- The second issue: the legality of the MPIA may be called into question. This is because a literal reading of article 25 of the DSU suggests that arbitration can only be agreed upon by disputing parties with regards to a specific dispute. On the contrary, it is unclear whether article 25 may be read in such a way that it allows for the establishment of a plurilateral arrangement like the MPIA.
- The third issue: this alternative does not address the main criticisms levied against the WTO system such as the self-election principle and the developing country category, not to mention the Appellate Body’s overreaching interpretations. On one hand, the MPIA will leave major WTO members such as the United States or India with even more frustration. On the 6th of June 2020, the United States, in a letter to the WTO Director-General, explicitly rejected the MPIA. On the other hand, developing countries will be torn between joining the MPIA or not. All this may lead to a permanent deadlock of the institution’s functioning.
- The fourth issue: for Prof. Malkawi, the MPIA has also its fair share of unclear terms. Pursuant to paragraph 15 of Annex 1 of the MPIA, the arbitration award is only notified – but not adopted – by the Dispute Settlement Body. This terminology could cast doubt on the persuasive authority of these decisions as a precedent for future WTO disputes. Indeed, any MPIA report,no matter how important it is, will be deprived of precedential value since the report will not be adopted by the Dispute Settlement Body based on article 17.14 of the DSU. In other words, the MPIA arbitrators are bound by WTO agreements but not by previous Appellate Body decisions, nor by past MPIA cases.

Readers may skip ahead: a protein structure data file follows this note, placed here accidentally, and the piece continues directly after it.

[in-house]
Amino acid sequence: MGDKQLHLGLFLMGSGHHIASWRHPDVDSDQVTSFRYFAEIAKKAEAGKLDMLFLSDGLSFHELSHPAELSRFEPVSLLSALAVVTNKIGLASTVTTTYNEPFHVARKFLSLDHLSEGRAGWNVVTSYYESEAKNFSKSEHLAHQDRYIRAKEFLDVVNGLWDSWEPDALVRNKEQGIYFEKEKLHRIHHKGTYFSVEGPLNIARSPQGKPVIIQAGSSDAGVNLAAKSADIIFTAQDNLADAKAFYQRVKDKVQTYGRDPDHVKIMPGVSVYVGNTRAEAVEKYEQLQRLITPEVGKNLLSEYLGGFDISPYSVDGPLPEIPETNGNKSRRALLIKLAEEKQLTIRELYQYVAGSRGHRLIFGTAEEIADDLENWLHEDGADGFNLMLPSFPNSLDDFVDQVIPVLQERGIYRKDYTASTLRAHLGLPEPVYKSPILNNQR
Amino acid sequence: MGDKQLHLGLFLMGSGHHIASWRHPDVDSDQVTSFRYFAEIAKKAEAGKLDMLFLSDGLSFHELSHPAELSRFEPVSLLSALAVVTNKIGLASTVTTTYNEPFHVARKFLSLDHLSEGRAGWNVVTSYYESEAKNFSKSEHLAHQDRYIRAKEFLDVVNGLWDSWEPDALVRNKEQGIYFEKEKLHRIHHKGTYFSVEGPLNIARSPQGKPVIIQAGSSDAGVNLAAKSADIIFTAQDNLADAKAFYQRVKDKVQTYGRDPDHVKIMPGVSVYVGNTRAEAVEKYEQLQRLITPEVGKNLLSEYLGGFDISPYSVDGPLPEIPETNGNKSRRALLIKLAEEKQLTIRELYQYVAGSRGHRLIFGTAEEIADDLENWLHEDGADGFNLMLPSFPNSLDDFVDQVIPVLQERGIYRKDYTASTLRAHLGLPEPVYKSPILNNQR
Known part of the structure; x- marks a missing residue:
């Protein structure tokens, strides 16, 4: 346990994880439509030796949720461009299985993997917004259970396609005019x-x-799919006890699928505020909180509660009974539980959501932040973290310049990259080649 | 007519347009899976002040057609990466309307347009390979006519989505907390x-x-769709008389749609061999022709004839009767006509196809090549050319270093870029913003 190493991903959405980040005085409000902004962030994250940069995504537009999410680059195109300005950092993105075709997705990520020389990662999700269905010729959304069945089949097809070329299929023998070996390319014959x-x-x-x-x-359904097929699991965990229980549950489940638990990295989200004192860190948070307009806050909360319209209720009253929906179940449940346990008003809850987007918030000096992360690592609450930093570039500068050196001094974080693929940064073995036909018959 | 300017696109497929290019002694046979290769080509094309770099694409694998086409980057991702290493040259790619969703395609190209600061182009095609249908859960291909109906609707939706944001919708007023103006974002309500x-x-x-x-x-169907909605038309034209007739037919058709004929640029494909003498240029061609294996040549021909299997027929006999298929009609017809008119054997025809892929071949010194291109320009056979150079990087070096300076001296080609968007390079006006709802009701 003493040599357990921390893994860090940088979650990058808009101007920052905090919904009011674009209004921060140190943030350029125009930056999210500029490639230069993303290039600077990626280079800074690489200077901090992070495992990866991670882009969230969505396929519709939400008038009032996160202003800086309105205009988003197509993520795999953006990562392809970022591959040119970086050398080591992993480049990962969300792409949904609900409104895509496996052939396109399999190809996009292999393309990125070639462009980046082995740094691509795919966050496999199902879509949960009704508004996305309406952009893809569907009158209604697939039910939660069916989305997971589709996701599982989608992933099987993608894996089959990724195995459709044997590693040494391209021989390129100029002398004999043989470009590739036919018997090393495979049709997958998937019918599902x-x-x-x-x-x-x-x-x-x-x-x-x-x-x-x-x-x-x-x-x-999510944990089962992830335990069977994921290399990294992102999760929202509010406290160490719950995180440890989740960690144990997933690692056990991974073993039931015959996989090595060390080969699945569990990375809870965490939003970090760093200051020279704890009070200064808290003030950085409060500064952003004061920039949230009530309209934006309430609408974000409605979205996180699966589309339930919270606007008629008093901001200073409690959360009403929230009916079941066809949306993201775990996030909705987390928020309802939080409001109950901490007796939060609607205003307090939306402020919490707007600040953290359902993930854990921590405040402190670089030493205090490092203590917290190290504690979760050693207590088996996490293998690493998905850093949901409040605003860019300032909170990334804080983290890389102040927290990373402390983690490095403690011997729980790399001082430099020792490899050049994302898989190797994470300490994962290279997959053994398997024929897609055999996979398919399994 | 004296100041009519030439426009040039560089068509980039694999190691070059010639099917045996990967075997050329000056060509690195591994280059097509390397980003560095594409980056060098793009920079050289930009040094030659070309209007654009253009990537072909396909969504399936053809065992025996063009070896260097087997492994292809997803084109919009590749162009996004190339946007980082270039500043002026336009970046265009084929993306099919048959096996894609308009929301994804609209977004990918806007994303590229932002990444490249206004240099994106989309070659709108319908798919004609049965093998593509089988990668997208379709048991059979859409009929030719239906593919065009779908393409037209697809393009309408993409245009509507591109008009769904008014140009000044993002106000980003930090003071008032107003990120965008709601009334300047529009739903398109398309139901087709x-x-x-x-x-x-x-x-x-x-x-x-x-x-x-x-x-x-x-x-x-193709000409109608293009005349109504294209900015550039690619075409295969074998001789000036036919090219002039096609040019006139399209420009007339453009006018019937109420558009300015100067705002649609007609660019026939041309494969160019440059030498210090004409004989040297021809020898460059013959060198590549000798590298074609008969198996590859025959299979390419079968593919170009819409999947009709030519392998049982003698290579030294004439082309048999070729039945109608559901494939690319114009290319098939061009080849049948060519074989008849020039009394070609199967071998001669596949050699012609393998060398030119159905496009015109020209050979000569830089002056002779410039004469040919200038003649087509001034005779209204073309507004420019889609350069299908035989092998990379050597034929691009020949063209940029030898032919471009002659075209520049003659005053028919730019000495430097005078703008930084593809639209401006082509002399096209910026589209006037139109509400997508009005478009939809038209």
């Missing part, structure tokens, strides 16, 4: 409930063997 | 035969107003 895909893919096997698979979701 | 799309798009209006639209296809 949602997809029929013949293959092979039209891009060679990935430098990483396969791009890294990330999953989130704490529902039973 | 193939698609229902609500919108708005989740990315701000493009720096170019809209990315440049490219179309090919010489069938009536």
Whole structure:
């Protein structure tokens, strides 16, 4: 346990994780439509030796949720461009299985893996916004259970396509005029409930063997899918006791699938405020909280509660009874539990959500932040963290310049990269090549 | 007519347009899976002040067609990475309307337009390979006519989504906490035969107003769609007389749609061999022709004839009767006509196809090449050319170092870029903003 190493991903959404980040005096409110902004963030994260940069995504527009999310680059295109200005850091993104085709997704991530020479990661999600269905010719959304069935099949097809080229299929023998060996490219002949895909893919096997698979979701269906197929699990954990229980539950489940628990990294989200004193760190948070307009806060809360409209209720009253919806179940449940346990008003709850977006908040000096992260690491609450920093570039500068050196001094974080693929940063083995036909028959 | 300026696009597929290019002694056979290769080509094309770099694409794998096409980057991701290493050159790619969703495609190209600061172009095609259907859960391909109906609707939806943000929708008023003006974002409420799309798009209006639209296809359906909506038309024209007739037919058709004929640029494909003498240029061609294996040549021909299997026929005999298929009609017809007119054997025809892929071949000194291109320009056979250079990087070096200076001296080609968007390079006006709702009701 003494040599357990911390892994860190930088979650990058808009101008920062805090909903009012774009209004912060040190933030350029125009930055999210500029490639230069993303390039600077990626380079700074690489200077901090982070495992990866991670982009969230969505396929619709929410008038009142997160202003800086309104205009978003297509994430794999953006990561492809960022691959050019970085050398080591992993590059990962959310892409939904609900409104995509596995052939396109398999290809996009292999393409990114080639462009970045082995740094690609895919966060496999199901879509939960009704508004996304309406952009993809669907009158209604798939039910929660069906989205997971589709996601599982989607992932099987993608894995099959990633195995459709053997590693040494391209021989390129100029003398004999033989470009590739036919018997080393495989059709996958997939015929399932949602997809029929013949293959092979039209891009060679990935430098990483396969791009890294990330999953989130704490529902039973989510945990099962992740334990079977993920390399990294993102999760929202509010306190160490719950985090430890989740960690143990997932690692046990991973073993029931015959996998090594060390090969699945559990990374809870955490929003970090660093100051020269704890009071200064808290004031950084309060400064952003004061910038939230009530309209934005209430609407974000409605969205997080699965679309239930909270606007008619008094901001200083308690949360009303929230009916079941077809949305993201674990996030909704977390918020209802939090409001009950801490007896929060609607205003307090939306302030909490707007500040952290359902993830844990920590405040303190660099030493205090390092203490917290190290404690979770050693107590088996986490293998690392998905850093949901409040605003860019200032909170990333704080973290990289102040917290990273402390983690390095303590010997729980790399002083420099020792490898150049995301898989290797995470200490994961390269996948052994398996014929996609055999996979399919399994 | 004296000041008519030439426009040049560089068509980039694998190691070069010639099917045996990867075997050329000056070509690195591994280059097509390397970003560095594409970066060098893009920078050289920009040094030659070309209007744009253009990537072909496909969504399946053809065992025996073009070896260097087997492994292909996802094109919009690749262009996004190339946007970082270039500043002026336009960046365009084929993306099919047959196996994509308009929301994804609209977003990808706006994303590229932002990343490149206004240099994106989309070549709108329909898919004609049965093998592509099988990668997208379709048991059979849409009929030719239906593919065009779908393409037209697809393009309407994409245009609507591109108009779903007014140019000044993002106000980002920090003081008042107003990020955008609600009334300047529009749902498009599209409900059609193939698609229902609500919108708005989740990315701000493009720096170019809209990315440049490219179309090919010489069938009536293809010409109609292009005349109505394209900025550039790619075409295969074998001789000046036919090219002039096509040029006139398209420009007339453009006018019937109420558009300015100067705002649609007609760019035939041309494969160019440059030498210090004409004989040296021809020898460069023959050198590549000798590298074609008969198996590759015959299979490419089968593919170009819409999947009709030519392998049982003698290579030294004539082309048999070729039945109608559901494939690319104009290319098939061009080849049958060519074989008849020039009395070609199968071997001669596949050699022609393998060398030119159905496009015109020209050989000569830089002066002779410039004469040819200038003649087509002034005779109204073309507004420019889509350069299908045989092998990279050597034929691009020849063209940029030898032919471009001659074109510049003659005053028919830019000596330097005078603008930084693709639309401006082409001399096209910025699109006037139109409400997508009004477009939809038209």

The objective of the MPIA is twofold. First, it offers a temporary alternative to the current dysfunctional two-tier adjudication system of the WTO. Indeed, the arrangement can represent a functional a gap filler whilst members can try to move ahead in search for a long-term solution. Second, the MPIA may be seen as an experimentation to various reform proposals. As a matter of fact, the parties to the MPIA opted to incorporate in the agreement a number of hotly-debated reforms such as no dicta opinions, a strict a time limit with no extension without prior consent of the parties, the fact that arbitrators will only address those issues that are necessary for the resolution of the dispute and, finally, the duty bestowed upon arbitrators to exercise their functions with a highly desired judicial economy. Therefore, the MPIA stands as a unique opportunity to test the different reform proposals that could one day be incorporated into the WTO legal landscape if its Appellate Body becomes operational again.
However, it remains that, in light of the 4 elements we discussed above, (limited membership of the MPIA, its disputed legality, the many contentious issues left untackled and the obscure terminology of the arrangement), one can be certain that the WTO crisis is far from being settled with this alternative.
The author would like to express his gratitude to Prof. Geert Van Calster (KU Leuven) for his comments on an earlier draft of this post.